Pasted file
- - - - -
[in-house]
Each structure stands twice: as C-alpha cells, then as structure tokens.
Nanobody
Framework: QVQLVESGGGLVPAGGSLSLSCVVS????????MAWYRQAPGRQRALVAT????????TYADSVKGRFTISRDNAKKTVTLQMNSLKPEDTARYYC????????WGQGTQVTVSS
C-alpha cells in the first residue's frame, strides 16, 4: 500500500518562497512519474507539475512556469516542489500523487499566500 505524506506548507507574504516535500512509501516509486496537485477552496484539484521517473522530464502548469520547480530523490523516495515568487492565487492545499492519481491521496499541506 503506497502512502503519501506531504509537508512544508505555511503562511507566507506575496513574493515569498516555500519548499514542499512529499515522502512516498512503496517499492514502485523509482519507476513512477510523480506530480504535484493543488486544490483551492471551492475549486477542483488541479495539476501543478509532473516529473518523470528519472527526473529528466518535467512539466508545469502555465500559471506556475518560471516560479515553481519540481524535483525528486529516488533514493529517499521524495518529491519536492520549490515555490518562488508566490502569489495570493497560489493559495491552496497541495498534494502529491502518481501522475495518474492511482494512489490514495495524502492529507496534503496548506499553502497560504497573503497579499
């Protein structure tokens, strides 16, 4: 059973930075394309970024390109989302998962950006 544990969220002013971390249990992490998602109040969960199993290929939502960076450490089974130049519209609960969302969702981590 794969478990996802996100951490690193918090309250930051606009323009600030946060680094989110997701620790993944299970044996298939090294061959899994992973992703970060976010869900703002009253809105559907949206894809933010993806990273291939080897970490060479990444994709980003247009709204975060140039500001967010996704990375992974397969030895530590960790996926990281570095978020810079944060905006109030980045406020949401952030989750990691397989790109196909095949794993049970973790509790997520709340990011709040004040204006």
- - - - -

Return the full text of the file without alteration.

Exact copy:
[in-house]
Each structure stands twice: as C-alpha cells, then as structure tokens.
Nanobody
Framework: QVQLVESGGGLVPAGGSLSLSCVVS????????MAWYRQAPGRQRALVAT????????TYADSVKGRFTISRDNAKKTVTLQMNSLKPEDTARYYC????????WGQGTQVTVSS
C-alpha cells in the first residue's frame, strides 16, 4: 500500500518562497512519474507539475512556469516542489500523487499566500 505524506506548507507574504516535500512509501516509486496537485477552496484539484521517473522530464502548469520547480530523490523516495515568487492565487492545499492519481491521496499541506 503506497502512502503519501506531504509537508512544508505555511503562511507566507506575496513574493515569498516555500519548499514542499512529499515522502512516498512503496517499492514502485523509482519507476513512477510523480506530480504535484493543488486544490483551492471551492475549486477542483488541479495539476501543478509532473516529473518523470528519472527526473529528466518535467512539466508545469502555465500559471506556475518560471516560479515553481519540481524535483525528486529516488533514493529517499521524495518529491519536492520549490515555490518562488508566490502569489495570493497560489493559495491552496497541495498534494502529491502518481501522475495518474492511482494512489490514495495524502492529507496534503496548506499553502497560504497573503497579499
């Protein structure tokens, strides 16, 4: 059973930075394309970024390109989302998962950006 544990969220002013971390249990992490998602109040969960199993290929939502960076450490089974130049519209609960969302969702981590 794969478990996802996100951490690193918090309250930051606009323009600030946060680094989110997701620790993944299970044996298939090294061959899994992973992703970060976010869900703002009253809105559907949206894809933010993806990273291939080897970490060479990444994709980003247009709204975060140039500001967010996704990375992974397969030895530590960790996926990281570095978020810079944060905006109030980045406020949401952030989750990691397989790109196909095949794993049970973790509790997520709340990011709040004040204006």